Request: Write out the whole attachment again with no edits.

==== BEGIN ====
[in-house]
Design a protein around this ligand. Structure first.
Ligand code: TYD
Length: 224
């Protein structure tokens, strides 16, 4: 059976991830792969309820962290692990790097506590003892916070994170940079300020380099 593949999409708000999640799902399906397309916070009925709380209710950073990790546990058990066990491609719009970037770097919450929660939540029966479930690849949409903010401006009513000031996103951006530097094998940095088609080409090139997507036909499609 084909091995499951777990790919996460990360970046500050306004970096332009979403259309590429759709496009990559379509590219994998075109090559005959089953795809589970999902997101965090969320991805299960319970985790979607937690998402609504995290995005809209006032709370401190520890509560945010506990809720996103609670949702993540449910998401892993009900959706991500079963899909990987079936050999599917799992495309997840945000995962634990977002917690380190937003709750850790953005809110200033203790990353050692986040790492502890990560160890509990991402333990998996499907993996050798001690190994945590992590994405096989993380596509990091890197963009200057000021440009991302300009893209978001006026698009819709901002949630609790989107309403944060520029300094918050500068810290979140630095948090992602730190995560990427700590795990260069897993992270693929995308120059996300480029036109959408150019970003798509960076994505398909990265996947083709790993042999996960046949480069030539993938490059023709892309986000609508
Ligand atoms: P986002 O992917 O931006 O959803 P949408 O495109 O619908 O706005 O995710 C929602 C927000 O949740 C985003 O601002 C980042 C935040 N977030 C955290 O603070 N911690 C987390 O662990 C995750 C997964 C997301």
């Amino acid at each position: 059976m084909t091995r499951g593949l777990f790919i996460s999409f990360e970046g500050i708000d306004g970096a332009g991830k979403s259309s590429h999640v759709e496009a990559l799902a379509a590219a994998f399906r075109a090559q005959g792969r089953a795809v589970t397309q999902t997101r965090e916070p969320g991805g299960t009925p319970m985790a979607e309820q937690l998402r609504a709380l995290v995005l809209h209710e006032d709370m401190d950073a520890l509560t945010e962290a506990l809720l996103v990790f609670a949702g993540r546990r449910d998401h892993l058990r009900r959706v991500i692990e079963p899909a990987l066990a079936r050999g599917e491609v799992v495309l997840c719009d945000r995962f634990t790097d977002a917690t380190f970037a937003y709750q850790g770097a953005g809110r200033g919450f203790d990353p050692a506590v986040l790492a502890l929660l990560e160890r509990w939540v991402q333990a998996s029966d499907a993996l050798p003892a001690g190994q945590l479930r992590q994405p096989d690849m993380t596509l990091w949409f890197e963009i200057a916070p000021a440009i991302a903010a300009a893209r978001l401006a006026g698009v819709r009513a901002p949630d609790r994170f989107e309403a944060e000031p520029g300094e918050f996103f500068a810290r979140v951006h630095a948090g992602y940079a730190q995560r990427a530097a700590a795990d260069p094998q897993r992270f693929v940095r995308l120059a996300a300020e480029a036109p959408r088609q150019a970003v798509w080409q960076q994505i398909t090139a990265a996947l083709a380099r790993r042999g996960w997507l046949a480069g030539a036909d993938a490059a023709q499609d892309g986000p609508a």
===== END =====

[in-house]
Design a protein around this ligand. Structure first.
Ligand code: TYD
Length: 224
């Protein structure tokens, strides 16, 4: 059976991830792969309820962290692990790097506590003892916070994170940079300020380099 593949999409708000999640799902399906397309916070009925709380209710950073990790546990058990066990491609719009970037770097919450929660939540029966479930690849949409903010401006009513000031996103951006530097094998940095088609080409090139997507036909499609 084909091995499951777990790919996460990360970046500050306004970096332009979403259309590429759709496009990559379509590219994998075109090559005959089953795809589970999902997101965090969320991805299960319970985790979607937690998402609504995290995005809209006032709370401190520890509560945010506990809720996103609670949702993540449910998401892993009900959706991500079963899909990987079936050999599917799992495309997840945000995962634990977002917690380190937003709750850790953005809110200033203790990353050692986040790492502890990560160890509990991402333990998996499907993996050798001690190994945590992590994405096989993380596509990091890197963009200057000021440009991302300009893209978001006026698009819709901002949630609790989107309403944060520029300094918050500068810290979140630095948090992602730190995560990427700590795990260069897993992270693929995308120059996300480029036109959408150019970003798509960076994505398909990265996947083709790993042999996960046949480069030539993938490059023709892309986000609508
Ligand atoms: P986002 O992917 O931006 O959803 P949408 O495109 O619908 O706005 O995710 C929602 C927000 O949740 C985003 O601002 C980042 C935040 N977030 C955290 O603070 N911690 C987390 O662990 C995750 C997964 C997301």
């Amino acid at each position: 059976m084909t091995r499951g593949l777990f790919i996460s999409f990360e970046g500050i708000d306004g970096a332009g991830k979403s259309s590429h999640v759709e496009a990559l799902a379509a590219a994998f399906r075109a090559q005959g792969r089953a795809v589970t397309q999902t997101r965090e916070p969320g991805g299960t009925p319970m985790a979607e309820q937690l998402r609504a709380l995290v995005l809209h209710e006032d709370m401190d950073a520890l509560t945010e962290a506990l809720l996103v990790f609670a949702g993540r546990r449910d998401h892993l058990r009900r959706v991500i692990e079963p899909a990987l066990a079936r050999g599917e491609v799992v495309l997840c719009d945000r995962f634990t790097d977002a917690t380190f970037a937003y709750q850790g770097a953005g809110r200033g919450f203790d990353p050692a506590v986040l790492a502890l929660l990560e160890r509990w939540v991402q333990a998996s029966d499907a993996l050798p003892a001690g190994q945590l479930r992590q994405p096989d690849m993380t596509l990091w949409f890197e963009i200057a916070p000021a440009i991302a903010a300009a893209r978001l401006a006026g698009v819709r009513a901002p949630d609790r994170f989107e309403a944060e000031p520029g300094e918050f996103f500068a810290r979140v951006h630095a948090g992602y940079a730190q995560r990427a530097a700590a795990d260069p094998q897993r992270f693929v940095r995308l120059a996300a300020e480029a036109p959408r088609q150019a970003v798509w080409q960076q994505i398909t090139a990265a996947l083709a380099r790993r042999g996960w997507l046949a480069g030539a036909d993938a490059a023709q499609d892309g986000p609508a």